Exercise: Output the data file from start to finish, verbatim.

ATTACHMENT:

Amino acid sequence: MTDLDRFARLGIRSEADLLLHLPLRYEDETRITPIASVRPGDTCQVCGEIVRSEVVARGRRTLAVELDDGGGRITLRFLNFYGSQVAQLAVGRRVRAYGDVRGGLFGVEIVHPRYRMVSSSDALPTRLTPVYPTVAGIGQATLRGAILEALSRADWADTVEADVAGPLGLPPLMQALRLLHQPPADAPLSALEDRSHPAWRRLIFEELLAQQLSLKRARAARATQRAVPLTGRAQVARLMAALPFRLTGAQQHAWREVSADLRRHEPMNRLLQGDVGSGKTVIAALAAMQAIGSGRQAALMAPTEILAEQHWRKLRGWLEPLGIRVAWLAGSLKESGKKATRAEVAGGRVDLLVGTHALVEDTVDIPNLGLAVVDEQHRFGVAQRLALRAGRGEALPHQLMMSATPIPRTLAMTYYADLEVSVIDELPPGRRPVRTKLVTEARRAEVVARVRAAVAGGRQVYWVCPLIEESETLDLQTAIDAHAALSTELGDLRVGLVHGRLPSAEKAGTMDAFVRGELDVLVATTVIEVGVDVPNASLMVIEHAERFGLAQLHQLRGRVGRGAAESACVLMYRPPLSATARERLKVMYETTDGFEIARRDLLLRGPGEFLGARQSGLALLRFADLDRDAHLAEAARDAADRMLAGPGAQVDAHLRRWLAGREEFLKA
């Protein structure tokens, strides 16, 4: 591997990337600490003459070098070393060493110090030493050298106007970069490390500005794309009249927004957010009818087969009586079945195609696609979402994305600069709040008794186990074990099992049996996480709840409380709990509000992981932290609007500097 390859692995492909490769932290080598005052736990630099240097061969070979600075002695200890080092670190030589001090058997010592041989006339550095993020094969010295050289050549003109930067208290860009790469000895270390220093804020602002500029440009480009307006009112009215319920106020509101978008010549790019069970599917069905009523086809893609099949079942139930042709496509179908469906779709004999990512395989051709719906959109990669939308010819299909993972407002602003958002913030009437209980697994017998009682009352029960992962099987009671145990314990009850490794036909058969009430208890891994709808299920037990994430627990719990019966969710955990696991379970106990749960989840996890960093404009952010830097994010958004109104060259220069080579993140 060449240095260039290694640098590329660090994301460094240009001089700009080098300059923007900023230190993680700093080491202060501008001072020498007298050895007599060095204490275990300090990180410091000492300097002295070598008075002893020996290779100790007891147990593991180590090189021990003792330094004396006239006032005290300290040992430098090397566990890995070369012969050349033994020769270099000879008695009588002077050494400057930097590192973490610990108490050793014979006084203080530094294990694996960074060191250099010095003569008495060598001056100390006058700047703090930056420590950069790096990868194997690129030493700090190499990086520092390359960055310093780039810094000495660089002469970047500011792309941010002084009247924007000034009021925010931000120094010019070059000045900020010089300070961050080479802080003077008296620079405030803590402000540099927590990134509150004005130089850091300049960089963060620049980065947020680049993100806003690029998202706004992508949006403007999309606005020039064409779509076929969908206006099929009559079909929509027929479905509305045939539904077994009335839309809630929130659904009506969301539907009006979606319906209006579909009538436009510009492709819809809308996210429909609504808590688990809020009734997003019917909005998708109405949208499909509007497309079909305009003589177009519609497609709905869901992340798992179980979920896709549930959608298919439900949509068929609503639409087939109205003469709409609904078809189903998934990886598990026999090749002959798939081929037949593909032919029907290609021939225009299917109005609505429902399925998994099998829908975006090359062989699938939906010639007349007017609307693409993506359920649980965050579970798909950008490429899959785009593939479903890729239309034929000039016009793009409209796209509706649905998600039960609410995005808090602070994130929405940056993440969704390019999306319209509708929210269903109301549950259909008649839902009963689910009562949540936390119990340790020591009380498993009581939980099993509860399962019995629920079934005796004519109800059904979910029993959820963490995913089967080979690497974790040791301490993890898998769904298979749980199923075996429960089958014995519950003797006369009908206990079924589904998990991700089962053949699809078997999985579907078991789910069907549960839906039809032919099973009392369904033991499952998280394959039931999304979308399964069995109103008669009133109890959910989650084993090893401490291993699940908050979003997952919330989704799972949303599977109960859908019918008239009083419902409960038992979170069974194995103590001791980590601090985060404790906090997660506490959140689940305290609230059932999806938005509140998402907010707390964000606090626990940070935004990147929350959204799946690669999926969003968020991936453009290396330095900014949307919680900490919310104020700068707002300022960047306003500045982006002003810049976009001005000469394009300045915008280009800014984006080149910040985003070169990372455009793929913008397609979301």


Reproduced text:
Amino acid sequence: MTDLDRFARLGIRSEADLLLHLPLRYEDETRITPIASVRPGDTCQVCGEIVRSEVVARGRRTLAVELDDGGGRITLRFLNFYGSQVAQLAVGRRVRAYGDVRGGLFGVEIVHPRYRMVSSSDALPTRLTPVYPTVAGIGQATLRGAILEALSRADWADTVEADVAGPLGLPPLMQALRLLHQPPADAPLSALEDRSHPAWRRLIFEELLAQQLSLKRARAARATQRAVPLTGRAQVARLMAALPFRLTGAQQHAWREVSADLRRHEPMNRLLQGDVGSGKTVIAALAAMQAIGSGRQAALMAPTEILAEQHWRKLRGWLEPLGIRVAWLAGSLKESGKKATRAEVAGGRVDLLVGTHALVEDTVDIPNLGLAVVDEQHRFGVAQRLALRAGRGEALPHQLMMSATPIPRTLAMTYYADLEVSVIDELPPGRRPVRTKLVTEARRAEVVARVRAAVAGGRQVYWVCPLIEESETLDLQTAIDAHAALSTELGDLRVGLVHGRLPSAEKAGTMDAFVRGELDVLVATTVIEVGVDVPNASLMVIEHAERFGLAQLHQLRGRVGRGAAESACVLMYRPPLSATARERLKVMYETTDGFEIARRDLLLRGPGEFLGARQSGLALLRFADLDRDAHLAEAARDAADRMLAGPGAQVDAHLRRWLAGREEFLKA
């Protein structure tokens, strides 16, 4: 591997990337600490003459070098070393060493110090030493050298106007970069490390500005794309009249927004957010009818087969009586079945195609696609979402994305600069709040008794186990074990099992049996996480709840409380709990509000992981932290609007500097 390859692995492909490769932290080598005052736990630099240097061969070979600075002695200890080092670190030589001090058997010592041989006339550095993020094969010295050289050549003109930067208290860009790469000895270390220093804020602002500029440009480009307006009112009215319920106020509101978008010549790019069970599917069905009523086809893609099949079942139930042709496509179908469906779709004999990512395989051709719906959109990669939308010819299909993972407002602003958002913030009437209980697994017998009682009352029960992962099987009671145990314990009850490794036909058969009430208890891994709808299920037990994430627990719990019966969710955990696991379970106990749960989840996890960093404009952010830097994010958004109104060259220069080579993140 060449240095260039290694640098590329660090994301460094240009001089700009080098300059923007900023230190993680700093080491202060501008001072020498007298050895007599060095204490275990300090990180410091000492300097002295070598008075002893020996290779100790007891147990593991180590090189021990003792330094004396006239006032005290300290040992430098090397566990890995070369012969050349033994020769270099000879008695009588002077050494400057930097590192973490610990108490050793014979006084203080530094294990694996960074060191250099010095003569008495060598001056100390006058700047703090930056420590950069790096990868194997690129030493700090190499990086520092390359960055310093780039810094000495660089002469970047500011792309941010002084009247924007000034009021925010931000120094010019070059000045900020010089300070961050080479802080003077008296620079405030803590402000540099927590990134509150004005130089850091300049960089963060620049980065947020680049993100806003690029998202706004992508949006403007999309606005020039064409779509076929969908206006099929009559079909929509027929479905509305045939539904077994009335839309809630929130659904009506969301539907009006979606319906209006579909009538436009510009492709819809809308996210429909609504808590688990809020009734997003019917909005998708109405949208499909509007497309079909305009003589177009519609497609709905869901992340798992179980979920896709549930959608298919439900949509068929609503639409087939109205003469709409609904078809189903998934990886598990026999090749002959798939081929037949593909032919029907290609021939225009299917109005609505429902399925998994099998829908975006090359062989699938939906010639007349007017609307693409993506359920649980965050579970798909950008490429899959785009593939479903890729239309034929000039016009793009409209796209509706649905998600039960609410995005808090602070994130929405940056993440969704390019999306319209509708929210269903109301549950259909008649839902009963689910009562949540936390119990340790020591009380498993009581939980099993509860399962019995629920079934005796004519109800059904979910029993959820963490995913089967080979690497974790040791301490993890898998769904298979749980199923075996429960089958014995519950003797006369009908206990079924589904998990991700089962053949699809078997999985579907078991789910069907549960839906039809032919099973009392369904033991499952998280394959039931999304979308399964069995109103008669009133109890959910989650084993090893401490291993699940908050979003997952919330989704799972949303599977109960859908019918008239009083419902409960038992979170069974194995103590001791980590601090985060404790906090997660506490959140689940305290609230059932999806938005509140998402907010707390964000606090626990940070935004990147929350959204799946690669999926969003968020991936453009290396330095900014949307919680900490919310104020700068707002300022960047306003500045982006002003810049976009001005000469394009300045915008280009800014984006080149910040985003070169990372455009793929913008397609979301």